For those with autism, attending a sporting event can be extremely stressful. Between a roaring crowd, blaring music, fireworks and thousands of people walking around, the inherent overstimulation keeps many families from stepping inside large arenas to catch a live ballgame. However, thanks to one family’s efforts, Cleveland Cavaliers fans who have autism can now get a break from the piercing stimuli inside Quicken Loans Arena, a.k.a “The Q.”
Jeff and Amy Belles were devastated when their son, Carson, who was diagnosed with autism at age 2, was given a hard time by a security guard at the Q on the Cleveland Monsters’ (American Hockey League) Autism Awareness Night. The team shares the Q with the Cavs.
Carson is unable to speak, so to communicate, he uses a special electronic device that he wears around his neck. The security guard wouldn’t let him into the arena with the device, which made Carson anxious. As the family was trying to sort the situation out, the security guard then told Jeff and Amy to “get control of that child.”
The Belles took to social media and let upper management know what happened. Realizing their arena needed to cater to individuals with sensory needs, the team at the Q turned to the family for help.
Jeff and Amy, with the guidance of KultureCity, helped design spaces within the arena for people with special sensory processing needs, and ensured certain accessories or tools would be on hand for events.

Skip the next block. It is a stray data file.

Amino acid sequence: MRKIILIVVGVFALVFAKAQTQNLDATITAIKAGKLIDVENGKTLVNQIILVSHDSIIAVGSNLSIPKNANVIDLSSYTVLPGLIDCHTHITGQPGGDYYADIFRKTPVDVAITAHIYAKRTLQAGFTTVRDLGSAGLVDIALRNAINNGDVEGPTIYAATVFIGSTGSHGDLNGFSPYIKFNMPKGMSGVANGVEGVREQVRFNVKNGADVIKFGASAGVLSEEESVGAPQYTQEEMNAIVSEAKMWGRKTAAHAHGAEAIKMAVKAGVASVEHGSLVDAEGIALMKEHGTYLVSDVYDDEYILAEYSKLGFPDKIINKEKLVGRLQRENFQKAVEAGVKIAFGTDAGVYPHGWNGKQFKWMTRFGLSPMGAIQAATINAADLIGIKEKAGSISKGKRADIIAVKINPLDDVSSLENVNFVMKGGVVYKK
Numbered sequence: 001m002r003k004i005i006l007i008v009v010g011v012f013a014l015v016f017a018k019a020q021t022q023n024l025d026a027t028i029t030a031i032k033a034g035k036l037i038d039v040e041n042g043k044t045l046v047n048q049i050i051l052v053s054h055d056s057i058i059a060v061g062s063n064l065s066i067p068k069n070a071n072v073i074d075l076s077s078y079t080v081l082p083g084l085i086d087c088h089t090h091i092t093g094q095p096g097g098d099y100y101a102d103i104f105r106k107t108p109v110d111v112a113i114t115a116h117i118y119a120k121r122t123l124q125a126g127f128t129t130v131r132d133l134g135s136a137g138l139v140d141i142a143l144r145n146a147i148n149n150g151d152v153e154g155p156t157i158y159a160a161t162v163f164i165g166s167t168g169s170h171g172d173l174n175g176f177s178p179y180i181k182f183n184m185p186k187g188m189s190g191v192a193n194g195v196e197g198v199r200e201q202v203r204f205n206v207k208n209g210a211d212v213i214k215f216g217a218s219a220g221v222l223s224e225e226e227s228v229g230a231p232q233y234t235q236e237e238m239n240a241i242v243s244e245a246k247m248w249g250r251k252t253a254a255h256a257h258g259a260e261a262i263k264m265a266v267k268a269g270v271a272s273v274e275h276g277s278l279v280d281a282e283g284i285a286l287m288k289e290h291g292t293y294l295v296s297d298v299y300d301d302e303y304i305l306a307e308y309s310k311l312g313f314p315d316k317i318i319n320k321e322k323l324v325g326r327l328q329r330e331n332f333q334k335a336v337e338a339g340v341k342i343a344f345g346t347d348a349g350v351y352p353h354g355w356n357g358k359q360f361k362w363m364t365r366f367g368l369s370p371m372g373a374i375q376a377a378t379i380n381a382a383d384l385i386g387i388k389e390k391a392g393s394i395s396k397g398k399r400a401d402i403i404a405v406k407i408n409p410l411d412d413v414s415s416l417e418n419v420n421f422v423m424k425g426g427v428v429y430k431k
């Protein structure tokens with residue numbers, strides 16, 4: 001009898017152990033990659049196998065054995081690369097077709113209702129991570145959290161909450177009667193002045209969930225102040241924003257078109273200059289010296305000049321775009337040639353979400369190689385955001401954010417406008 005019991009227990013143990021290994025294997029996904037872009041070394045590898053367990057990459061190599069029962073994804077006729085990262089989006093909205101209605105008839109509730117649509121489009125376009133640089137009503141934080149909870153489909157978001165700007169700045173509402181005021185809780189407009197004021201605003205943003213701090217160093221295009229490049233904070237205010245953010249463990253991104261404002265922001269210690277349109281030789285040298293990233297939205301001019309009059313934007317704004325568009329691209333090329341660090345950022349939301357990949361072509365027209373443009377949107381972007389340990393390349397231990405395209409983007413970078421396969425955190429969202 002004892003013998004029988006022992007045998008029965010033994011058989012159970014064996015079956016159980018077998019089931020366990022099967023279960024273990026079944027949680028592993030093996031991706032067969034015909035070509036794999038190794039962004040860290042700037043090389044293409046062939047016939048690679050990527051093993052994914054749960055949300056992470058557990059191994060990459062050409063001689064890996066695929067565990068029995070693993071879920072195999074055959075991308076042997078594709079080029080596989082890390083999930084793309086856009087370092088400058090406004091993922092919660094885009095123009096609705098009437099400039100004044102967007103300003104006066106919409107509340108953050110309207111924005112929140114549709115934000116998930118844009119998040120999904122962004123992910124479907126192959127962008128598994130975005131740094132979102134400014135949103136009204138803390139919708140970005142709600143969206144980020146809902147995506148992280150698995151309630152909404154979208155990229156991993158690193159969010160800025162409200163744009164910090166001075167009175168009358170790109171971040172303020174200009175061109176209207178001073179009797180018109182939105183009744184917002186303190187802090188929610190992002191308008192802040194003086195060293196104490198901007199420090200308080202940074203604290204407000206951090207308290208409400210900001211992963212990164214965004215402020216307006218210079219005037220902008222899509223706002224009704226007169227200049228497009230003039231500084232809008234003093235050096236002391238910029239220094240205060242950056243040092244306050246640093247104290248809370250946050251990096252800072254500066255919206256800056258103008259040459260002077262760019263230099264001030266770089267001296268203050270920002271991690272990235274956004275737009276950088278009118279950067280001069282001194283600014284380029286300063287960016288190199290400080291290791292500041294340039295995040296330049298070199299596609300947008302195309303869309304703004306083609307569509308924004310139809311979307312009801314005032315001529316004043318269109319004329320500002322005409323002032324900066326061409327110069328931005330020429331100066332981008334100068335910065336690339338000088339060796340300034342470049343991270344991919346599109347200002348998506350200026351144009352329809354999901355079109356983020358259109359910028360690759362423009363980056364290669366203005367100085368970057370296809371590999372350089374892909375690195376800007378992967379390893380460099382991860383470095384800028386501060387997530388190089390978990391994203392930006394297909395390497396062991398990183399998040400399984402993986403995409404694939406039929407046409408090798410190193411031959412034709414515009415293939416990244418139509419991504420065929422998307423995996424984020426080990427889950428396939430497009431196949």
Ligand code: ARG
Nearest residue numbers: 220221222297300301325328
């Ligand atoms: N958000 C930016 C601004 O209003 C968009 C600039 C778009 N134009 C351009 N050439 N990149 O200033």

Today, there’s a designated Sensory Room for those who need to regroup after becoming overstimulated. The room houses bean bag chairs, bubble and tactile displays on the walls, and most importantly, peace and quiet.
Additionally, the arena has free sensory bags on hand, which contain fidget toys, noise cancelling headphones and other resources. The Q also has weighted laps pads upon request, which calm and focus the mind.
“It shows our community they care. We are welcomed any day, anytime, without judgement. I feel more comfortable bringing Carson to these places, and I feel confident other families like ours will, too,” Amy old Northeast Ohio Parent.
The family has also been involved in providing training for the staff at Quicken Loans Arena. They’ve made such a difference in their community that Dana Jacobson of CBS News sat down with them for an in-depth segment.
Way to go, Belles Family.
For more on what the Q provides, visit theqarena.com.